The Catalysts Behind Google's Evolution
Google's approach to quality search is, at best, reactive. Updates in algorithms wouldn't have been possible without catalysts. Google's legal tussle with Search King in 2003 is just one of many (where Google won). Below are some search engine feature updates and the reason for their immediate implementation.
Nofollow enables websites to instruct search engines not to follow any links. Google created this feature in response to the vulnerability of online comments to links; something like a back door for excessive linking, which is now frowned upon. When link spamming refused to stop, Google webspam guru Matt Cutts required nofollow for PageRank-compliant links.
One of the longest developments, automatic filters have engaged in numerous tugs-of-war with black-hat practices for a long time. It started out as flagging keyword-heavy content as spam, but merchants responded by buying ads. When Google launched a cleansing crusade against poor content, high-authority websites capitalised on their reputation by releasing poor content.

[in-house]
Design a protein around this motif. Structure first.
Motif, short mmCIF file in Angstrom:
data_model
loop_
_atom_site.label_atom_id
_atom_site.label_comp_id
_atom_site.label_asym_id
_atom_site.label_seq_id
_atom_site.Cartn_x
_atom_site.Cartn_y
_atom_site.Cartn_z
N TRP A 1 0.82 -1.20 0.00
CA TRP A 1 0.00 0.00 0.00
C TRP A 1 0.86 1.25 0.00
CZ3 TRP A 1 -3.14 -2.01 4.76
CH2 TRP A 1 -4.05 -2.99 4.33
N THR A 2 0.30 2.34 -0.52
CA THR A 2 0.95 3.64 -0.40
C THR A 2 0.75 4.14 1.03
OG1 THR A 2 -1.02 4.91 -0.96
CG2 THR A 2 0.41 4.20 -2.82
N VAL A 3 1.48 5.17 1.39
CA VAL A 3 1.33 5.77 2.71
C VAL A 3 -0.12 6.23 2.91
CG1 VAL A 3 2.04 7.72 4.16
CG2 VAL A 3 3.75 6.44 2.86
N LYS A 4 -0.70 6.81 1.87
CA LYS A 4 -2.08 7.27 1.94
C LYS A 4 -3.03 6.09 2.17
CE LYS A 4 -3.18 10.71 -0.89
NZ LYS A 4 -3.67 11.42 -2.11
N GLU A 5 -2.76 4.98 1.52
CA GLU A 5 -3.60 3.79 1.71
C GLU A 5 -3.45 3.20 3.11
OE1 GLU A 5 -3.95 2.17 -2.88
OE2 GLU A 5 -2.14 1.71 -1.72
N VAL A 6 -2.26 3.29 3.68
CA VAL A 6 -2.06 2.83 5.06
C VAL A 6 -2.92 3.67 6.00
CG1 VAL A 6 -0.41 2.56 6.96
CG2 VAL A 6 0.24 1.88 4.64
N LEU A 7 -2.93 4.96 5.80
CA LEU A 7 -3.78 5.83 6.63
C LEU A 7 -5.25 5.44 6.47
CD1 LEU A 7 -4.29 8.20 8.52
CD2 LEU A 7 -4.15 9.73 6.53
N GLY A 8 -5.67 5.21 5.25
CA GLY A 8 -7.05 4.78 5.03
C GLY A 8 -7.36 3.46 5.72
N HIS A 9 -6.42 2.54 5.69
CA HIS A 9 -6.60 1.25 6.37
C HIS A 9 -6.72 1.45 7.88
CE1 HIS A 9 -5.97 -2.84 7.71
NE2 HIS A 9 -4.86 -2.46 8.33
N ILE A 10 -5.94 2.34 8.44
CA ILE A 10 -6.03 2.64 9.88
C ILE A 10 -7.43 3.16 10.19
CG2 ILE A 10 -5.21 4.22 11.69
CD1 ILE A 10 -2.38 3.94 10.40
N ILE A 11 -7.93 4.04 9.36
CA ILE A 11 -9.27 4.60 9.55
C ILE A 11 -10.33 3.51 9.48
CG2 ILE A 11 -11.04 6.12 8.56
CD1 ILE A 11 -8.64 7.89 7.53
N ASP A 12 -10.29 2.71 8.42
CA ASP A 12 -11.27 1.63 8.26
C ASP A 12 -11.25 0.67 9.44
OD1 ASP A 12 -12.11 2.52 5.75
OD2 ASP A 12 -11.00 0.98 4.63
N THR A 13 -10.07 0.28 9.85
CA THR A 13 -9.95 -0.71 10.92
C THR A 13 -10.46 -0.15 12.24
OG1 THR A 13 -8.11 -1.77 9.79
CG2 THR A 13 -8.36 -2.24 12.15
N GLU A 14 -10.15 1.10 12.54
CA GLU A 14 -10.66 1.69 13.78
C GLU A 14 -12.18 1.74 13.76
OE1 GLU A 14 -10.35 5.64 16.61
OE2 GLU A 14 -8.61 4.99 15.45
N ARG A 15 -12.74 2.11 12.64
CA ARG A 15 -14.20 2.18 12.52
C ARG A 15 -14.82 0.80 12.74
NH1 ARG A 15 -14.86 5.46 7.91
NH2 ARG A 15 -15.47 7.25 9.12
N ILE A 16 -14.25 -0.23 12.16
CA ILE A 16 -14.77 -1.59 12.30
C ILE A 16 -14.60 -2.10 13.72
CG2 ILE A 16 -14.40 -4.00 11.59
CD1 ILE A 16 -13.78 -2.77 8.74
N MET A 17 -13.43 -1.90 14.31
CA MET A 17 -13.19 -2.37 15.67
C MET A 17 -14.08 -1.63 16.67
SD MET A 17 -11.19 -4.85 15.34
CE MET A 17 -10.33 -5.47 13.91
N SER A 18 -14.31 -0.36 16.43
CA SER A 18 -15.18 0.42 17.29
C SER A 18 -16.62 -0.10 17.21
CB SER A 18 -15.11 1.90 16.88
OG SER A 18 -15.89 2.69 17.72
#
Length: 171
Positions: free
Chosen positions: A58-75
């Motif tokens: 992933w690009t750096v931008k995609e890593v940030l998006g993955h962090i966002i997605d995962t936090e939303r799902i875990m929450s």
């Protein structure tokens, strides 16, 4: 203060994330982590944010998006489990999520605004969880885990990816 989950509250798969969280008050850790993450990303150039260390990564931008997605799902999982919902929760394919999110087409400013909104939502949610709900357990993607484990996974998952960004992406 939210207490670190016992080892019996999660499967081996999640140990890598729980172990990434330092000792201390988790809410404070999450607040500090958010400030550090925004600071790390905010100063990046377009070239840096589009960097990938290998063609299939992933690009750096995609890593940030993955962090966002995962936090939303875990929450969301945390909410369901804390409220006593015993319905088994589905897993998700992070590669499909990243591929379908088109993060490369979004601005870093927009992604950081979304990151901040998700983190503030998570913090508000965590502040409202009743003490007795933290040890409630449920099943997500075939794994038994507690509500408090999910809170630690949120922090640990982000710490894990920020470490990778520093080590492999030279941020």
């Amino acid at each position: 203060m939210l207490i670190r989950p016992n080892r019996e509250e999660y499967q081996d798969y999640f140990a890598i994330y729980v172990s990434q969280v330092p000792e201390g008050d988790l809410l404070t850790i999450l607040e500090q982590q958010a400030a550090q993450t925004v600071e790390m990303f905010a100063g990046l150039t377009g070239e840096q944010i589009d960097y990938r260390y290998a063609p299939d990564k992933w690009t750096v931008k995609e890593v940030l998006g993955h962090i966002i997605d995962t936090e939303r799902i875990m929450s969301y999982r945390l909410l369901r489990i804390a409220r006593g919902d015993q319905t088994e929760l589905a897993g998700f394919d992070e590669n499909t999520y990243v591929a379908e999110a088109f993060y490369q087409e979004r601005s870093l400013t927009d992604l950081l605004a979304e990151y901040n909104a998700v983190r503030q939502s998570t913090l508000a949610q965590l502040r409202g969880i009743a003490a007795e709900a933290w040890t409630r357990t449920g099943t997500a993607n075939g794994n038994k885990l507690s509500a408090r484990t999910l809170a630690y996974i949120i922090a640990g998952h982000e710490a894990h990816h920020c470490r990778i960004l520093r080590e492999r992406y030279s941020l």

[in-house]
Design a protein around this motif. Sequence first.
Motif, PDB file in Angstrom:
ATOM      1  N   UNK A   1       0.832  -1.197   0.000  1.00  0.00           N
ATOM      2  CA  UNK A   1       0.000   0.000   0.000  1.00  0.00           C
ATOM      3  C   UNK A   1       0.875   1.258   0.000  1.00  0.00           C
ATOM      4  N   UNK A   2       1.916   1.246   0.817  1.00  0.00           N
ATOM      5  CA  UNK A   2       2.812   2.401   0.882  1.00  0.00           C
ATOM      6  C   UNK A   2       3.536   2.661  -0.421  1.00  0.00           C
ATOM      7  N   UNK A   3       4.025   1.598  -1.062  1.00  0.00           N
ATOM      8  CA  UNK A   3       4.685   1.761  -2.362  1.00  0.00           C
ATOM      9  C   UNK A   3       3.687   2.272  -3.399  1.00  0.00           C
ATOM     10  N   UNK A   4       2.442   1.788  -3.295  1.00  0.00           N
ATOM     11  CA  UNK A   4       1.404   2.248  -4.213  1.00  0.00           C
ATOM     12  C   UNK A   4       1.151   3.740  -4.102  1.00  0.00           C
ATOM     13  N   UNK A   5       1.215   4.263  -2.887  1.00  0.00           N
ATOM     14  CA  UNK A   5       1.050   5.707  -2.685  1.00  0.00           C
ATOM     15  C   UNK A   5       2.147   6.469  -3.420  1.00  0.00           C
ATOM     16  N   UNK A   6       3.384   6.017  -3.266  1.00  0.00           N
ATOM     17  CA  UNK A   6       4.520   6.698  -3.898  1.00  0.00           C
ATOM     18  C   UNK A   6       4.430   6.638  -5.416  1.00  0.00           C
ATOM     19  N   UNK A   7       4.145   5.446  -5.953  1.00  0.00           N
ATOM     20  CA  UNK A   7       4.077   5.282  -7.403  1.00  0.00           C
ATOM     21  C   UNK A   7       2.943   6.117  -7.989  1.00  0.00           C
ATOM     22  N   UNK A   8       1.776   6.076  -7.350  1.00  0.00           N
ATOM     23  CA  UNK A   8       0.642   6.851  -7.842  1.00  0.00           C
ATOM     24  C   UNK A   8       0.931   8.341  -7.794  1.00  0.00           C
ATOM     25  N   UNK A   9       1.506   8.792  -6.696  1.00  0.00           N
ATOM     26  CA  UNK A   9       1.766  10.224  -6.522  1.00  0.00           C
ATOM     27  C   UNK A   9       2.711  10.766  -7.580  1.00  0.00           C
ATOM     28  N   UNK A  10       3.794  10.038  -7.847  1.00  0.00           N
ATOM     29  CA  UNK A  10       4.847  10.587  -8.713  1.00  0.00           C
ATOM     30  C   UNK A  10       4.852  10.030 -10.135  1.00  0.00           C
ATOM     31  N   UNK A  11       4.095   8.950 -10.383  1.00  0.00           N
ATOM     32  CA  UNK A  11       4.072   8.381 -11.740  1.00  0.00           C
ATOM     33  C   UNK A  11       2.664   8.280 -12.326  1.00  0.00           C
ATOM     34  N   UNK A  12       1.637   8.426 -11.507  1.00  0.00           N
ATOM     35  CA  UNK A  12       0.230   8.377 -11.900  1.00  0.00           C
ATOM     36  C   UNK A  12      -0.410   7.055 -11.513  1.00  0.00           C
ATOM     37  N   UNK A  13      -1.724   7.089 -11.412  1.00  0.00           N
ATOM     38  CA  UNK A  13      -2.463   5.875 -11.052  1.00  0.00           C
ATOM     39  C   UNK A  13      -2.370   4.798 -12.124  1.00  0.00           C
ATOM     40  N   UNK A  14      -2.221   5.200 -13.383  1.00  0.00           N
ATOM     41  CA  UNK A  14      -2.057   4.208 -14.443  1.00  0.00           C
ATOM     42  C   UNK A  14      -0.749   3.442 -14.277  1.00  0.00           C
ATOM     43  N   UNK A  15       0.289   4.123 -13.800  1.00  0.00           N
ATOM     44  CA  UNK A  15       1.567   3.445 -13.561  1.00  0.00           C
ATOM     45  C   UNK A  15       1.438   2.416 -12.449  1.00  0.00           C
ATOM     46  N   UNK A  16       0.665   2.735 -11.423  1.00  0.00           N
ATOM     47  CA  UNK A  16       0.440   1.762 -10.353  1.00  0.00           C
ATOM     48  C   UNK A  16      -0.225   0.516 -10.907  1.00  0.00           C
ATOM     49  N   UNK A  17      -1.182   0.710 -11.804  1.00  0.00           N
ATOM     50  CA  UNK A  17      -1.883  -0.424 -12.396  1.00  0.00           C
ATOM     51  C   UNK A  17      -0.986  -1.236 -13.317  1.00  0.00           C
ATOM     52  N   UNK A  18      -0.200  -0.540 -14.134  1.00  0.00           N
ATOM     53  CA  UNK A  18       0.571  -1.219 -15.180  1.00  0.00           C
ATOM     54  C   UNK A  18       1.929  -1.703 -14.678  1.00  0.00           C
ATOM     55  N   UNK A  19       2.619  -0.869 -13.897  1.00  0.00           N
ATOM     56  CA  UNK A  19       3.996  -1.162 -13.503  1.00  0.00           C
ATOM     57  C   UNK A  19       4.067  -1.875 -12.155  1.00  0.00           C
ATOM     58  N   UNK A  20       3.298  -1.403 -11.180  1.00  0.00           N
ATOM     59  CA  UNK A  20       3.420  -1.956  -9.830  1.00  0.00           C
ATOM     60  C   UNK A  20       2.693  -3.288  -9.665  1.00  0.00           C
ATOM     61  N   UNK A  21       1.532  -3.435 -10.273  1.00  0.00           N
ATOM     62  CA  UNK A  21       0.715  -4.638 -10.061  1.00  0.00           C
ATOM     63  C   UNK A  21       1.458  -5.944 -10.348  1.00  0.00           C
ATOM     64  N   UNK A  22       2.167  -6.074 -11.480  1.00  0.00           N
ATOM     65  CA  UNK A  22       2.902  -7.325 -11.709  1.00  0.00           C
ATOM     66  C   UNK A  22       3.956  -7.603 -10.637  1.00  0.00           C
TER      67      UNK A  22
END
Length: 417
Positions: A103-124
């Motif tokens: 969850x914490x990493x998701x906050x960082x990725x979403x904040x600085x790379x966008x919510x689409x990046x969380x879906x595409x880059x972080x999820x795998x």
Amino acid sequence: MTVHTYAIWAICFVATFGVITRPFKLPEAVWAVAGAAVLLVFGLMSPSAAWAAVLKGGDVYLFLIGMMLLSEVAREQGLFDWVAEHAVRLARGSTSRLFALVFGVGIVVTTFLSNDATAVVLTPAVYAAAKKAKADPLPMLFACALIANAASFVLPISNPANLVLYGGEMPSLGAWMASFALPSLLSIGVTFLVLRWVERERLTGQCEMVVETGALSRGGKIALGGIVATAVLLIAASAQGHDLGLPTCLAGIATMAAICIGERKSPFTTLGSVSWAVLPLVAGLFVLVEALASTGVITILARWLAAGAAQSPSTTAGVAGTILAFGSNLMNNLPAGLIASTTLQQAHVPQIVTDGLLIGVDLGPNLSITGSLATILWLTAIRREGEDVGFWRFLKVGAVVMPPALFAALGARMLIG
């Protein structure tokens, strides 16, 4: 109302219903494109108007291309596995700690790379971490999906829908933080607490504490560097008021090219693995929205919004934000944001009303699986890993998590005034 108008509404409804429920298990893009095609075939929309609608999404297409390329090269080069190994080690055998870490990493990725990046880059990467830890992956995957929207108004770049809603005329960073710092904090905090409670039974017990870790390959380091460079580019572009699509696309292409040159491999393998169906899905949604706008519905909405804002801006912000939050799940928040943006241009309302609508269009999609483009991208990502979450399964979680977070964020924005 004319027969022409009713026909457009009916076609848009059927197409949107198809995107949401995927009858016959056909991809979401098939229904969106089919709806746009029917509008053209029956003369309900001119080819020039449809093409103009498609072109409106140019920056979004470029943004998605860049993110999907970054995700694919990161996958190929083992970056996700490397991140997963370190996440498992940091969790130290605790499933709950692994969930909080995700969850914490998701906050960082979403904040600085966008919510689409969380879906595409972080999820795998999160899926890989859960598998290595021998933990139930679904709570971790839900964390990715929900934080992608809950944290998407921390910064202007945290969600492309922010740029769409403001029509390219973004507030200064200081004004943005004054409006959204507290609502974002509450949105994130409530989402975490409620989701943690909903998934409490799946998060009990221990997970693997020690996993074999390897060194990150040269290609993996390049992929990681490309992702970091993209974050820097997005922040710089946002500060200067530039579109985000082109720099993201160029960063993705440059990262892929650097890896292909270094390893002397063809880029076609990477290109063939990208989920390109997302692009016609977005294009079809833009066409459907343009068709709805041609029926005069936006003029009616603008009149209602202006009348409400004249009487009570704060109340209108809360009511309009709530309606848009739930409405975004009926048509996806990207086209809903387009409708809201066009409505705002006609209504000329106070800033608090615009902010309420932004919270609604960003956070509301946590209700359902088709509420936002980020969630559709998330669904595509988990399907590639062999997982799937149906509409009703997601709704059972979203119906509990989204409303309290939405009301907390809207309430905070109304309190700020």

The rationale behind the development of PageRank spans out to different catalysts. Aside from the legal tussle with Search King, there's link farming, sponsoring widgets, and buying expired domains. These practices mean penalties today because they reciprocate or create low-quality content for users.